Gasoline prices are soaring: how to accelerate the transition to car-free cities?

Anxiety on the forecourt is another consequence of the energy crisis in Europe, aggravated by Russia’s invasion of Ukraine.

UK petrol prices rose above £1.60 a liter on average for the first time this week as war continues to drive up the cost of oil around the world. As in other energy-dependent sectors, people are increasingly turning to green alternatives to overcome this insecurity.

In the race to scale up renewables, it is only fitting that attention also turns to fully decarbonizing transport. And fortunately, many inspiring examples are already in play.

A tea party in a parking spot can look like something out of Alice in Wonderland. But views like these, of a countryside of London parklets, or of people strolling down the middle of the Champs-Élysées in Paris, are becoming more common as we reimagine our city centres.

The pandemic has also accelerated the commuting revolution in some places, with widened walkways and burgeoning cycling infrastructure. As further proof of the the harmful effects of air pollution appearshould we gain even more ground?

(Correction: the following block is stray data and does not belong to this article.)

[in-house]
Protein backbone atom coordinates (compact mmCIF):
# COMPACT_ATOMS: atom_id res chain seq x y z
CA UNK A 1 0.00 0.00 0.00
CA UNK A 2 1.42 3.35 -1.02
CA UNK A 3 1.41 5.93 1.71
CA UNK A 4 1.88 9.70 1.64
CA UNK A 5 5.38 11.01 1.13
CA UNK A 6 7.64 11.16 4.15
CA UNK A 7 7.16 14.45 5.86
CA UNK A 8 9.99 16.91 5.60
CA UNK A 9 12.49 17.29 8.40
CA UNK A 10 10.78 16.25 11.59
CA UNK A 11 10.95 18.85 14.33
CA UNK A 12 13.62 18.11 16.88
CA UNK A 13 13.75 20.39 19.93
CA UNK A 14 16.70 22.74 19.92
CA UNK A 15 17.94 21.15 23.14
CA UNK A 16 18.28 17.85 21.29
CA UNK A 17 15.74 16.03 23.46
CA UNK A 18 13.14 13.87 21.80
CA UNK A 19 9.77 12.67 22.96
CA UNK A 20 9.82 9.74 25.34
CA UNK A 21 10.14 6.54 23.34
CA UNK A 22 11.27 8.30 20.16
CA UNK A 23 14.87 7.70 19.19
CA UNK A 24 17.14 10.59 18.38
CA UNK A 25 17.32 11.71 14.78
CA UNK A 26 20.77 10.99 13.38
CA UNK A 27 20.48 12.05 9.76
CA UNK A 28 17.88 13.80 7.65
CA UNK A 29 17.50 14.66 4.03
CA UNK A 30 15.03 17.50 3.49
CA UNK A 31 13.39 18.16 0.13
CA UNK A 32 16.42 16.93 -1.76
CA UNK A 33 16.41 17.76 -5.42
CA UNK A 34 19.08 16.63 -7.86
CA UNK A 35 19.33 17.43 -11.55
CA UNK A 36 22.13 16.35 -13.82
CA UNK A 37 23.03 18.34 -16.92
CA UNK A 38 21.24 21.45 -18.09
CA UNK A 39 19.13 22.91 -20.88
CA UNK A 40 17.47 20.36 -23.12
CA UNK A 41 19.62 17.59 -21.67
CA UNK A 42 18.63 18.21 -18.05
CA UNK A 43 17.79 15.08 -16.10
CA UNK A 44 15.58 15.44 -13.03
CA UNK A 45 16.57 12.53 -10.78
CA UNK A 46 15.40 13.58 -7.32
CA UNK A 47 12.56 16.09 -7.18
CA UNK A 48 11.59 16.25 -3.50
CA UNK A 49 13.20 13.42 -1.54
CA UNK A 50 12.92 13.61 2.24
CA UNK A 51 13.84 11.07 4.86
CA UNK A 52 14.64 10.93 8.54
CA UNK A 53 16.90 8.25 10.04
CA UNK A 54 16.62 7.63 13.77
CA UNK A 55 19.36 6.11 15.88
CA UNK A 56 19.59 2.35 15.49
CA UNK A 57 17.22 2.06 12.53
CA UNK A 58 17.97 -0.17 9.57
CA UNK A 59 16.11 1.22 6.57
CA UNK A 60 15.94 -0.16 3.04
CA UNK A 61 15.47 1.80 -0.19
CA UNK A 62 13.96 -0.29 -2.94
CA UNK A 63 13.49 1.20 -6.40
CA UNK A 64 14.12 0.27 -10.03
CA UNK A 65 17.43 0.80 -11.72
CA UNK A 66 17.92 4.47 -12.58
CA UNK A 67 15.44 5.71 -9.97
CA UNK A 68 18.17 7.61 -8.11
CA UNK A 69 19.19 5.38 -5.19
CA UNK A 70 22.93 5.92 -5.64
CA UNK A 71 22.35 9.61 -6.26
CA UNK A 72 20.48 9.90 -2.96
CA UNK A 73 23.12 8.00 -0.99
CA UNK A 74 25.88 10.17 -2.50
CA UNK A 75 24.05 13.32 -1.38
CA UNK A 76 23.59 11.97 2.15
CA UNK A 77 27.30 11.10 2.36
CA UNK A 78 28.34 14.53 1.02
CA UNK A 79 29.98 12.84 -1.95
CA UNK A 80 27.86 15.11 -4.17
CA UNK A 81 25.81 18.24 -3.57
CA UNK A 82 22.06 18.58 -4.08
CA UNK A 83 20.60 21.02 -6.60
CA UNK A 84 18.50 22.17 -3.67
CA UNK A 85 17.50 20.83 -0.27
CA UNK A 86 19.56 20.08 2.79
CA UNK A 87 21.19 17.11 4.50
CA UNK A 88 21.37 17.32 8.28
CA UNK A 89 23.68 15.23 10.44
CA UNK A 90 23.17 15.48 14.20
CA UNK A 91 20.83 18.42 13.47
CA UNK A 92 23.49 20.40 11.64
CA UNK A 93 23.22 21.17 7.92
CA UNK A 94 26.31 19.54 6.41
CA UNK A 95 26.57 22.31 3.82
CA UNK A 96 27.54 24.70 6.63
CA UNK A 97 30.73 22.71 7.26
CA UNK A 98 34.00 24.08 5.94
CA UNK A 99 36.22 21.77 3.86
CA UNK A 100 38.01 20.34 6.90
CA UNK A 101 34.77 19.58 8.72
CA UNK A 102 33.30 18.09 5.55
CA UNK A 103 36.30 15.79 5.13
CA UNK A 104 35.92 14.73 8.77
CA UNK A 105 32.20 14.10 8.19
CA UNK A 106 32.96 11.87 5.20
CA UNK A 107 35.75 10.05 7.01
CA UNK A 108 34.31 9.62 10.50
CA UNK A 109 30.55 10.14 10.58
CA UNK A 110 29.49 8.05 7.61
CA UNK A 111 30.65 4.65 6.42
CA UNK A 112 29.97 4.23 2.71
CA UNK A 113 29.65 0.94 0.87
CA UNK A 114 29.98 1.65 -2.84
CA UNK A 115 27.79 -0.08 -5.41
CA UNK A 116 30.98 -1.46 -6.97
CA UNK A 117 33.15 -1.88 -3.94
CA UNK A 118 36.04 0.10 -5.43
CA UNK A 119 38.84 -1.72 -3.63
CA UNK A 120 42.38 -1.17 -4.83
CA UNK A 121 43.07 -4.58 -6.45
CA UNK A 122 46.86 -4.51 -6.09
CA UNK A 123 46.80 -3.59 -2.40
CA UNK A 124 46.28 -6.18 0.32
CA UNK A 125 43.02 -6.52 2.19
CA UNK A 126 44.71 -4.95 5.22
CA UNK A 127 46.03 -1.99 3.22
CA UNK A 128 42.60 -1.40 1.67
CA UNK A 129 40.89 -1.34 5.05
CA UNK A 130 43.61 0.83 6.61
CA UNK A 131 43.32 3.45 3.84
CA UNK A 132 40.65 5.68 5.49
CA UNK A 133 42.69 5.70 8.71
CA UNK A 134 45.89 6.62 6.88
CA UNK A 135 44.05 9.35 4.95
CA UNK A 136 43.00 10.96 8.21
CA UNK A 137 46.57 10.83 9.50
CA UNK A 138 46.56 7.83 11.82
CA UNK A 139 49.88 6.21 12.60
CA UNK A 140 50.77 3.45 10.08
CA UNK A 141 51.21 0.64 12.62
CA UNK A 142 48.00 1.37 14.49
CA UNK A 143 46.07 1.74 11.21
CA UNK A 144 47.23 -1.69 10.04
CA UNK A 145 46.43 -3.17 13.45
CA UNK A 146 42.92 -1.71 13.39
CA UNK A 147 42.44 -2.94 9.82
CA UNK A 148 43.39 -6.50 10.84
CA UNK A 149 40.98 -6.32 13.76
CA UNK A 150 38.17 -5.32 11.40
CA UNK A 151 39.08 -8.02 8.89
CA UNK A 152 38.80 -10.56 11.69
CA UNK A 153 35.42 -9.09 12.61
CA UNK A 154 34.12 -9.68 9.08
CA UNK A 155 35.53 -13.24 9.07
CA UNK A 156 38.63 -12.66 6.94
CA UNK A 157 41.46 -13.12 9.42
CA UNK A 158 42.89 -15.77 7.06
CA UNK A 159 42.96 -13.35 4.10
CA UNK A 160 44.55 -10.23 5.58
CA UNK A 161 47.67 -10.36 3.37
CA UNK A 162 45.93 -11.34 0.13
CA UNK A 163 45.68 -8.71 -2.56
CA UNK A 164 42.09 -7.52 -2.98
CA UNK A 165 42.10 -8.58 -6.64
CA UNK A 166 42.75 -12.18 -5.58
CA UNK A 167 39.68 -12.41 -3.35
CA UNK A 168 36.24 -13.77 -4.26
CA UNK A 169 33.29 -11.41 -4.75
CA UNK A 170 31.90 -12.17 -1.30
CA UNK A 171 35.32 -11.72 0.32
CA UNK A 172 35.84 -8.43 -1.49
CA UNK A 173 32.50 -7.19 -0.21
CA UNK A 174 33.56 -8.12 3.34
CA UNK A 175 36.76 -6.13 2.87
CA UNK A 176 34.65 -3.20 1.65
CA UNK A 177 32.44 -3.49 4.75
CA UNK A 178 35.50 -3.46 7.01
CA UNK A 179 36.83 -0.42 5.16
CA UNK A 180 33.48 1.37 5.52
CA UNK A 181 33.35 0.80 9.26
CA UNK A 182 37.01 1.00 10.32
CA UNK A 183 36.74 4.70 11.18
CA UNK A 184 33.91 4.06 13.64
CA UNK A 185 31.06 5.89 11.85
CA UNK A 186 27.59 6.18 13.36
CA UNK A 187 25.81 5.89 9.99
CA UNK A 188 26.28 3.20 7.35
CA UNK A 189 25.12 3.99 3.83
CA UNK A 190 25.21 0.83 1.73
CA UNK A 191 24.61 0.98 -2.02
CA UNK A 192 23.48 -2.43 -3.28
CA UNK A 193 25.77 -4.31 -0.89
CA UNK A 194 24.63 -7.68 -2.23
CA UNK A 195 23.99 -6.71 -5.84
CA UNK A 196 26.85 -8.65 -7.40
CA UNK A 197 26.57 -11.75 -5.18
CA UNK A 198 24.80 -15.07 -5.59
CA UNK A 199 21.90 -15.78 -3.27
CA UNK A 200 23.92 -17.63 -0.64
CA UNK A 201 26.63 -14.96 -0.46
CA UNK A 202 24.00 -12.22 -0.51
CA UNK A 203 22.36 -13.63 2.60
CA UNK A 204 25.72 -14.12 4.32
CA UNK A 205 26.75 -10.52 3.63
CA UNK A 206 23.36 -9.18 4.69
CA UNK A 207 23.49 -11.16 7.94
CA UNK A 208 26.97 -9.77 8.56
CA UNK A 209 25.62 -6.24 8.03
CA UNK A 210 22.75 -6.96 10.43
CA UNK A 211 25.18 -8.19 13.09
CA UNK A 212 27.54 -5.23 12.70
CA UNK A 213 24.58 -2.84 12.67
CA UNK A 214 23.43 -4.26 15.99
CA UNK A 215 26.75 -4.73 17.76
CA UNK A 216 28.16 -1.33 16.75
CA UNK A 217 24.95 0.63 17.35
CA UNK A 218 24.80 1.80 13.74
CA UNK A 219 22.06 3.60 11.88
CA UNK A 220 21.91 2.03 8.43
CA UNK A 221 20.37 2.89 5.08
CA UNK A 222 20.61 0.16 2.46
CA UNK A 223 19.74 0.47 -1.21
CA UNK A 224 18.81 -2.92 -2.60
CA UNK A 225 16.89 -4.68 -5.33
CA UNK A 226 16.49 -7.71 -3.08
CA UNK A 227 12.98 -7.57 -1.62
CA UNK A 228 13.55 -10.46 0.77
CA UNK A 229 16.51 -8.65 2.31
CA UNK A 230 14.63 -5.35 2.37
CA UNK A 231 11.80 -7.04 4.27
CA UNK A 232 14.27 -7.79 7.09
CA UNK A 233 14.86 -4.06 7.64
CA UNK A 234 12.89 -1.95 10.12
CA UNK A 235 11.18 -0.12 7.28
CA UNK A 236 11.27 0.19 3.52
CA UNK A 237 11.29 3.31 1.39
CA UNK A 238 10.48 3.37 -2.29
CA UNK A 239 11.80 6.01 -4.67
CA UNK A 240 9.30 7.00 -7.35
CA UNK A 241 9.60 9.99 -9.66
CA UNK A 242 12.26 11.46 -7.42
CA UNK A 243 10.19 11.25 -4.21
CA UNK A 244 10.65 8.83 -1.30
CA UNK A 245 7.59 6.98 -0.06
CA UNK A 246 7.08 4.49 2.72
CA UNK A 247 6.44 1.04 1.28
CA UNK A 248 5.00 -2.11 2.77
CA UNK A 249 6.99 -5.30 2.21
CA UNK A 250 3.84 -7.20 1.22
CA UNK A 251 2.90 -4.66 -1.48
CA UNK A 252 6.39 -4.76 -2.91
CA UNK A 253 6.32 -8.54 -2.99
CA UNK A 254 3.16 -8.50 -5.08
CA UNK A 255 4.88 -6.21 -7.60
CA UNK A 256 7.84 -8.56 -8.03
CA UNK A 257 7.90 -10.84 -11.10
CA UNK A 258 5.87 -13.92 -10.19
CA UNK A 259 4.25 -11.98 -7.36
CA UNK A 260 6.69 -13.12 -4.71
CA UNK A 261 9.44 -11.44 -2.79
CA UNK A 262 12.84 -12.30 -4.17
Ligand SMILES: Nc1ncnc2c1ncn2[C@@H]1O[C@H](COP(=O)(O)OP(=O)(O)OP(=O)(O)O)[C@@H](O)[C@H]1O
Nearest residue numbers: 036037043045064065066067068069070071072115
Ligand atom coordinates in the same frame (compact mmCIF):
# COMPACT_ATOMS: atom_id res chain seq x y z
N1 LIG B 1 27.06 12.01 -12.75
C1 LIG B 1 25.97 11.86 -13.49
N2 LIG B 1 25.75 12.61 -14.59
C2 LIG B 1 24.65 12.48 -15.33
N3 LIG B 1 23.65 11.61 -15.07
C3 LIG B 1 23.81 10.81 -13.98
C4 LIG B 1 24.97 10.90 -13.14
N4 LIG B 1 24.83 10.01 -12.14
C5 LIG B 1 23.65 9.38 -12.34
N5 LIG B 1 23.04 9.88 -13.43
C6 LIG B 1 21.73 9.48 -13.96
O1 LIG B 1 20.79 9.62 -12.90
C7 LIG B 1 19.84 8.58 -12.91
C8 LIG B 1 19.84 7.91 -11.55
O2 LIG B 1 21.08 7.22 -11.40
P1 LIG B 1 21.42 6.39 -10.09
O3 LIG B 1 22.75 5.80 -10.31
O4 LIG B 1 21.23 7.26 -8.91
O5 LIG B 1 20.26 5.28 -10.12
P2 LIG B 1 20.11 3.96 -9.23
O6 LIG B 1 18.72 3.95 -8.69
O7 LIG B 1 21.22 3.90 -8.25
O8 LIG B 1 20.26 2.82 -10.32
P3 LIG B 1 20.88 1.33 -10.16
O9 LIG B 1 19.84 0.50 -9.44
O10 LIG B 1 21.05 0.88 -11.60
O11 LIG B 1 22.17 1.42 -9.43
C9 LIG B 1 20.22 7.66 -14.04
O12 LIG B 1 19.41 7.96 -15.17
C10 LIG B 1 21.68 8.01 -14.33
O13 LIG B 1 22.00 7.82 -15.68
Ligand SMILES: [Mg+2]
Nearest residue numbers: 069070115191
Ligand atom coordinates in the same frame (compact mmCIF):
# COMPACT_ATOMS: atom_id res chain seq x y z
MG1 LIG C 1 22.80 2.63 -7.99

Here are some of the strategies being used across Europe to help improve the lives of citizens, as outlined by the possible climate charity.

Redesign the streets

Once you stop taking the presence of cars for granted, many new possibilities open up.

In Oslo, most on-street parking has been replaced with street furniture like benches and mini-parks, as well as larger cycle lanes and sidewalks. Although some businesses feared a loss of commerce, the city center actually saw a 10% increase in footfall after the reduction measures.

One British man who has taken city planning into his own hands is Adam Tranter, Mayor of Coventry.

When the mini garden he built in a car park was taken down by the local council, Adam found a loophole by replant his parklet on top of a truck.